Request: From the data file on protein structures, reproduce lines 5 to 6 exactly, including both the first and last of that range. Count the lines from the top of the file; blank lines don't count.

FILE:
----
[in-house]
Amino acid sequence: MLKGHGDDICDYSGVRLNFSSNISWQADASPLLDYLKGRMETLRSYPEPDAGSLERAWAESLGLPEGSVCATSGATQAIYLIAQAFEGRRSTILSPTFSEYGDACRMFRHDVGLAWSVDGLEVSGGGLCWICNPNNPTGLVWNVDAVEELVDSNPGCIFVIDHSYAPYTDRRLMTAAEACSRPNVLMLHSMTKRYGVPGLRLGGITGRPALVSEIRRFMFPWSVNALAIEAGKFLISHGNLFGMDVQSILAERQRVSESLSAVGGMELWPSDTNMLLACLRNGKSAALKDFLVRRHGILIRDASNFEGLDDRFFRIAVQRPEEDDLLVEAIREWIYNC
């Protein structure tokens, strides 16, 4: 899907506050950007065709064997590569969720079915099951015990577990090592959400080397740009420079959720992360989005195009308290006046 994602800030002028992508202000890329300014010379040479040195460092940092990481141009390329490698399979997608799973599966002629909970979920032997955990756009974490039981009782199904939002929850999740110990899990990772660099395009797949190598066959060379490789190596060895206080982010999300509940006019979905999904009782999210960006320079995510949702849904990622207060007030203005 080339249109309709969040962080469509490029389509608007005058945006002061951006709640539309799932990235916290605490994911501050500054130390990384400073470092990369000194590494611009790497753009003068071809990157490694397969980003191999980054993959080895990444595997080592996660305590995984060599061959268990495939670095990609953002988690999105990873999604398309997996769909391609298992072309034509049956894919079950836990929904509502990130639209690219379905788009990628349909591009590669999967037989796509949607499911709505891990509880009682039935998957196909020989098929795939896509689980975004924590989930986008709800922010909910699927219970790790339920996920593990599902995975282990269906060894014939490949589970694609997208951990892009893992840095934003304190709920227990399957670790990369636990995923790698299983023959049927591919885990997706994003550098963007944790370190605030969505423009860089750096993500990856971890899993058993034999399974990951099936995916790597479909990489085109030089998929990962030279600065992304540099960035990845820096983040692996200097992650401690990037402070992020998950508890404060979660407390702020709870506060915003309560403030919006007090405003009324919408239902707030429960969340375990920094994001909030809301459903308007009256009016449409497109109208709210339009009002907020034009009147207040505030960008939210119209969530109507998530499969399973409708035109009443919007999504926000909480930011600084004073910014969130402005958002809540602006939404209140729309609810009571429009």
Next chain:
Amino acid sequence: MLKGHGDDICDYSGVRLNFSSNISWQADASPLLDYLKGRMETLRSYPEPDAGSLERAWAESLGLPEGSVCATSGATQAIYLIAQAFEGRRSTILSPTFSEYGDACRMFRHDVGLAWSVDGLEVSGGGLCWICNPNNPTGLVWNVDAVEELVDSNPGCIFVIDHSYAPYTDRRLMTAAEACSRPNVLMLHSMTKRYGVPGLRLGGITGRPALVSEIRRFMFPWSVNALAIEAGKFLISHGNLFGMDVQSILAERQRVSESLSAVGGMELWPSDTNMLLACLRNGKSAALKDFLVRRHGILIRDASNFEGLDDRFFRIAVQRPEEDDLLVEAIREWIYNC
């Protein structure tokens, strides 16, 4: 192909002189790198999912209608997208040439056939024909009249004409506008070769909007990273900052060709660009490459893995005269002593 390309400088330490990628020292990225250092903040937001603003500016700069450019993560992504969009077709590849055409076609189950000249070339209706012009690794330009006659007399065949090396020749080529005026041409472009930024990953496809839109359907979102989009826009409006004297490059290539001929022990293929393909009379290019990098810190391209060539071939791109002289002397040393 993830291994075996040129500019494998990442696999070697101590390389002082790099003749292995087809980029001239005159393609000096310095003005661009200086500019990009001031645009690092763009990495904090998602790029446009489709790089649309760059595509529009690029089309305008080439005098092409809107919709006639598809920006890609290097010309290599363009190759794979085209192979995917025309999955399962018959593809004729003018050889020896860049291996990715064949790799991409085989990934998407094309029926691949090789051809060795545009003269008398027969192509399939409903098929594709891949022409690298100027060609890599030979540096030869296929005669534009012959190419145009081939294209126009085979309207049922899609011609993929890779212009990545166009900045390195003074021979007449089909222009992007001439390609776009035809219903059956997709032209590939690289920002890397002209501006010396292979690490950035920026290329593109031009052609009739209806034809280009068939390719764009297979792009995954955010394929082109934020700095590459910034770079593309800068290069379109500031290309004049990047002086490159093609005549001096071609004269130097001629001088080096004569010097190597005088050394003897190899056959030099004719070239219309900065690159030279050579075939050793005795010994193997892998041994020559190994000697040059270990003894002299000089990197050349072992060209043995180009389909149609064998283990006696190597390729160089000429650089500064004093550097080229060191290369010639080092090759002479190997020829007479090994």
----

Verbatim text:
Amino acid sequence: MLKGHGDDICDYSGVRLNFSSNISWQADASPLLDYLKGRMETLRSYPEPDAGSLERAWAESLGLPEGSVCATSGATQAIYLIAQAFEGRRSTILSPTFSEYGDACRMFRHDVGLAWSVDGLEVSGGGLCWICNPNNPTGLVWNVDAVEELVDSNPGCIFVIDHSYAPYTDRRLMTAAEACSRPNVLMLHSMTKRYGVPGLRLGGITGRPALVSEIRRFMFPWSVNALAIEAGKFLISHGNLFGMDVQSILAERQRVSESLSAVGGMELWPSDTNMLLACLRNGKSAALKDFLVRRHGILIRDASNFEGLDDRFFRIAVQRPEEDDLLVEAIREWIYNC
């Protein structure tokens, strides 16, 4: 192909002189790198999912209608997208040439056939024909009249004409506008070769909007990273900052060709660009490459893995005269002593 390309400088330490990628020292990225250092903040937001603003500016700069450019993560992504969009077709590849055409076609189950000249070339209706012009690794330009006659007399065949090396020749080529005026041409472009930024990953496809839109359907979102989009826009409006004297490059290539001929022990293929393909009379290019990098810190391209060539071939791109002289002397040393 993830291994075996040129500019494998990442696999070697101590390389002082790099003749292995087809980029001239005159393609000096310095003005661009200086500019990009001031645009690092763009990495904090998602790029446009489709790089649309760059595509529009690029089309305008080439005098092409809107919709006639598809920006890609290097010309290599363009190759794979085209192979995917025309999955399962018959593809004729003018050889020896860049291996990715064949790799991409085989990934998407094309029926691949090789051809060795545009003269008398027969192509399939409903098929594709891949022409690298100027060609890599030979540096030869296929005669534009012959190419145009081939294209126009085979309207049922899609011609993929890779212009990545166009900045390195003074021979007449089909222009992007001439390609776009035809219903059956997709032209590939690289920002890397002209501006010396292979690490950035920026290329593109031009052609009739209806034809280009068939390719764009297979792009995954955010394929082109934020700095590459910034770079593309800068290069379109500031290309004049990047002086490159093609005549001096071609004269130097001629001088080096004569010097190597005088050394003897190899056959030099004719070239219309900065690159030279050579075939050793005795010994193997892998041994020559190994000697040059270990003894002299000089990197050349072992060209043995180009389909149609064998283990006696190597390729160089000429650089500064004093550097080229060191290369010639080092090759002479190997020829007479090994």